We posed the question last fall, “ Is GM a good investment ?” In fact, is investing in US automakers in general a good idea? Most recent sales figures would indicate that this might be the case. The Chevy Cruze is now the bestselling US car and Chrysler’s Jeep Compass sales went up nearly three hundred percent. Meanwhile Japanese car production is hampered by the lingering effects of the worst earthquake, and subsequent tsunami, in the nation’s history. General Motors is projecting total sales for this year of over thirteen million vehicles. Investing in US automakers would seem to be a good idea, at least in the short term. GM is still in the early days after its recovery from bankruptcy and Japanese production will likely stay low for some time while the nation finds ways to increase electric production lost when several nuclear power plants were damaged by the tsunami.
With the prospect of fewer Japanese exports to the US in the near term US auto makers could reclaim part of their lost market share. But, will investing in US auto makers be profitable over the long term. The auto industry in the US is largely to blame for the position it finds itself in. As foreign auto makers invested in the technology for more efficient manufacturing and more fuel efficient vehicles the US auto makers made bloated profits selling oversized vehicles. The apparent disconnect from reality that plagued the Big Three was highlighted when they appeared before a congressional committee requesting protection from bankruptcy after flying in on private jets. The heyday of US industry is over. Although American ingenuity persists the fact is that Europe and Asia have long ago recovered from the devastation of the Second World War and are economic competitors. China has come out of its self-imposed communistic cocoon and is applying its unique brand of capitalism with a vengeance. The point is that US industry needs to innovate, be cost effective, and productive. When investing in US auto makers one should keep this in mind.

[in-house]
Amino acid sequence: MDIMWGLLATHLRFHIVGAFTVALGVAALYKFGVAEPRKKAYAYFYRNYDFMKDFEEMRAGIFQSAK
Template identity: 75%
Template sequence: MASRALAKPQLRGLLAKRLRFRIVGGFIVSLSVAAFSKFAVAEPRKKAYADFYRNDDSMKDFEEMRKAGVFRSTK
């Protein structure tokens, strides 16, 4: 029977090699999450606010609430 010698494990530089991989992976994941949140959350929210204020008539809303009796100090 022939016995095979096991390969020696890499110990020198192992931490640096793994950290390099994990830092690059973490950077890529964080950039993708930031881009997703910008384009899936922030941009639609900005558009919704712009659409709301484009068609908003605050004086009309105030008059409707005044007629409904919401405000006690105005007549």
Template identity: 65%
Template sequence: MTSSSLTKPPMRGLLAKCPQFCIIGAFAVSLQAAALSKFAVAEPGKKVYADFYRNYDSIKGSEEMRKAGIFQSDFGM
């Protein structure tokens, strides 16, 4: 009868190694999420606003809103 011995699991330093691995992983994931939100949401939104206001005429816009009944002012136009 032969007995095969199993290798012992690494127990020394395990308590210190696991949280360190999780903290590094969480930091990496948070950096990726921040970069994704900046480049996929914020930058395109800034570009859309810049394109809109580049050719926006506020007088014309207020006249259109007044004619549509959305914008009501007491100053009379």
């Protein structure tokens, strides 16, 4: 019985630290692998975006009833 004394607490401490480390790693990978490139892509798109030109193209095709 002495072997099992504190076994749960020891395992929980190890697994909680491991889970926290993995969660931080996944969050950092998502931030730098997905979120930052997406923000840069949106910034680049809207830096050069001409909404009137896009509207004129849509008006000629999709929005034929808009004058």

However, putting doubts aside, a good investment opportunity today could well be investing in US auto makers. The major competitor to the US auto makers is Japan and Japan has lost roughly fifty percent of its power generating capacity for the Tokyo Electric Company power grid. This is where the bulk of Japanese industry is located. There is talk of rolling blackouts of residential areas during the summer in order to preserve power for industry. There are also small companies that fear for their ability to survive until normal power supplies are reestablished. This gives the US auto makers a window of opportunity to regain customers that they lost due to their own disinterest over the years. Over the long term, however, Japan will reemerge as a great industrial power. The long term investor will wish to do diligent fundamental analysis when investing in US auto makers in order to profit from such investments and exit if profits falter. As usual we are neither promoting investing in US auto makers nor suggesting that investors ignore the opportunity. Rather we offer an example of what sort of investment opportunity investors may choose to investigate.